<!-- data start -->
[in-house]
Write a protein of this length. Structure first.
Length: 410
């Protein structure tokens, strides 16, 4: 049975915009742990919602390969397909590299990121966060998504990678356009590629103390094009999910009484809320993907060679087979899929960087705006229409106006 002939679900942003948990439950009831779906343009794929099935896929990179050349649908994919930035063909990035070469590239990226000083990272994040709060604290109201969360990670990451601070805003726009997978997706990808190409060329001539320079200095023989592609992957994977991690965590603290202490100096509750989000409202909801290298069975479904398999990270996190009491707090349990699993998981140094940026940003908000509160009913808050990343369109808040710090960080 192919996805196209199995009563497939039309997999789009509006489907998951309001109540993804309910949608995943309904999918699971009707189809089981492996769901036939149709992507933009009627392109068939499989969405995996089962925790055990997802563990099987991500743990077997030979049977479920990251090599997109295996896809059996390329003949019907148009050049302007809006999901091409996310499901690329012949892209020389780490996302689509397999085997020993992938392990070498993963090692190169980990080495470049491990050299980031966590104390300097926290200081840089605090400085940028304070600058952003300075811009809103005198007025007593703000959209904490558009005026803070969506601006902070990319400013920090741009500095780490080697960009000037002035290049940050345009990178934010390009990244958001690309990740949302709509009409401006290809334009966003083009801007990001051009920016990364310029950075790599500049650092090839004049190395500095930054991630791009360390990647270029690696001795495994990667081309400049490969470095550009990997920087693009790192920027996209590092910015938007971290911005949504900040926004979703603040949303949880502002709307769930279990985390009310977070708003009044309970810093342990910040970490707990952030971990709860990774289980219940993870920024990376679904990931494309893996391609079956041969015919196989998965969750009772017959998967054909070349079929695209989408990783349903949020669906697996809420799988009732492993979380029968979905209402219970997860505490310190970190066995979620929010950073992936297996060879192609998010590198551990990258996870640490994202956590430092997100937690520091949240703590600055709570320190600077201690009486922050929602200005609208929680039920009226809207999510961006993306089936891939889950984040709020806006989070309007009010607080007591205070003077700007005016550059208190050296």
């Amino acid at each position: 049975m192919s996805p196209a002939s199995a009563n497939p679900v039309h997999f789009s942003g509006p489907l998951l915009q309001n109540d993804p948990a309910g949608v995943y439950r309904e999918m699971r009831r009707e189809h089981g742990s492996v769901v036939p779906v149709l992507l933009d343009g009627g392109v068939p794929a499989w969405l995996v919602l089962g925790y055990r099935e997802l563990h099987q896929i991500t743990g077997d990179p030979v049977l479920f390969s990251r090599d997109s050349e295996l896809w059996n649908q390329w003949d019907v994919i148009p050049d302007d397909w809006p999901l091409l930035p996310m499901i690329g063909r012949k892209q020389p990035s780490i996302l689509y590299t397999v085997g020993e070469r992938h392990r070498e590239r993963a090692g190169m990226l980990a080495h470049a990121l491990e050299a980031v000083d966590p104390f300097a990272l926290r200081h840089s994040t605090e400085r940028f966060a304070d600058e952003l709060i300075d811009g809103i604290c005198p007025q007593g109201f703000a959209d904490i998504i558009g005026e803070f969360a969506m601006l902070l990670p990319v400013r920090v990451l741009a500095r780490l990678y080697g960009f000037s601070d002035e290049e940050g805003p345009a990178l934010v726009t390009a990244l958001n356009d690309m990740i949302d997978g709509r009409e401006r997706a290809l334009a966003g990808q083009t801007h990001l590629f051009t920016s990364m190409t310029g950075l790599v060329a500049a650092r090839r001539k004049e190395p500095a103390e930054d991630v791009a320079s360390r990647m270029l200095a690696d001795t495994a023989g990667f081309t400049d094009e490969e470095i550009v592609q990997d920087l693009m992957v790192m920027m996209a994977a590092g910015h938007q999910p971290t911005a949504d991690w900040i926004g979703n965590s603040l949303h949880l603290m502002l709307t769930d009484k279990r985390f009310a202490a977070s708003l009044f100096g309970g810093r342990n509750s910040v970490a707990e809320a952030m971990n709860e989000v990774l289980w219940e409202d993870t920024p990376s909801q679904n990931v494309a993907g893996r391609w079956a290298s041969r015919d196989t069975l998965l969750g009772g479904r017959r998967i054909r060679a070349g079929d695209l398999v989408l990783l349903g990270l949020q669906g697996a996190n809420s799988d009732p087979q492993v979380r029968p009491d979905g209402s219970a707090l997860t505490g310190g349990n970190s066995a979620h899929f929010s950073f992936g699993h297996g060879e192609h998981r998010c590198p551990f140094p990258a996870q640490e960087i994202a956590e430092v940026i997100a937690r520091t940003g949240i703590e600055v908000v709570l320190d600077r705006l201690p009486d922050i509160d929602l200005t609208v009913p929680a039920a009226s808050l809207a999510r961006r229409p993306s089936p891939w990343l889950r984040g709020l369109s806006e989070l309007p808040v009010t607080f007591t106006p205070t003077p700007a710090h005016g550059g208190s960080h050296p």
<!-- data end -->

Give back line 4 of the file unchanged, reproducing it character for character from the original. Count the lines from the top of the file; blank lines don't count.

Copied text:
């Protein structure tokens, strides 16, 4: 049975915009742990919602390969397909590299990121966060998504990678356009590629103390094009999910009484809320993907060679087979899929960087705006229409106006 002939679900942003948990439950009831779906343009794929099935896929990179050349649908994919930035063909990035070469590239990226000083990272994040709060604290109201969360990670990451601070805003726009997978997706990808190409060329001539320079200095023989592609992957994977991690965590603290202490100096509750989000409202909801290298069975479904398999990270996190009491707090349990699993998981140094940026940003908000509160009913808050990343369109808040710090960080 192919996805196209199995009563497939039309997999789009509006489907998951309001109540993804309910949608995943309904999918699971009707189809089981492996769901036939149709992507933009009627392109068939499989969405995996089962925790055990997802563990099987991500743990077997030979049977479920990251090599997109295996896809059996390329003949019907148009050049302007809006999901091409996310499901690329012949892209020389780490996302689509397999085997020993992938392990070498993963090692190169980990080495470049491990050299980031966590104390300097926290200081840089605090400085940028304070600058952003300075811009809103005198007025007593703000959209904490558009005026803070969506601006902070990319400013920090741009500095780490080697960009000037002035290049940050345009990178934010390009990244958001690309990740949302709509009409401006290809334009966003083009801007990001051009920016990364310029950075790599500049650092090839004049190395500095930054991630791009360390990647270029690696001795495994990667081309400049490969470095550009990997920087693009790192920027996209590092910015938007971290911005949504900040926004979703603040949303949880502002709307769930279990985390009310977070708003009044309970810093342990910040970490707990952030971990709860990774289980219940993870920024990376679904990931494309893996391609079956041969015919196989998965969750009772017959998967054909070349079929695209989408990783349903949020669906697996809420799988009732492993979380029968979905209402219970997860505490310190970190066995979620929010950073992936297996060879192609998010590198551990990258996870640490994202956590430092997100937690520091949240703590600055709570320190600077201690009486922050929602200005609208929680039920009226809207999510961006993306089936891939889950984040709020806006989070309007009010607080007591205070003077700007005016550059208190050296």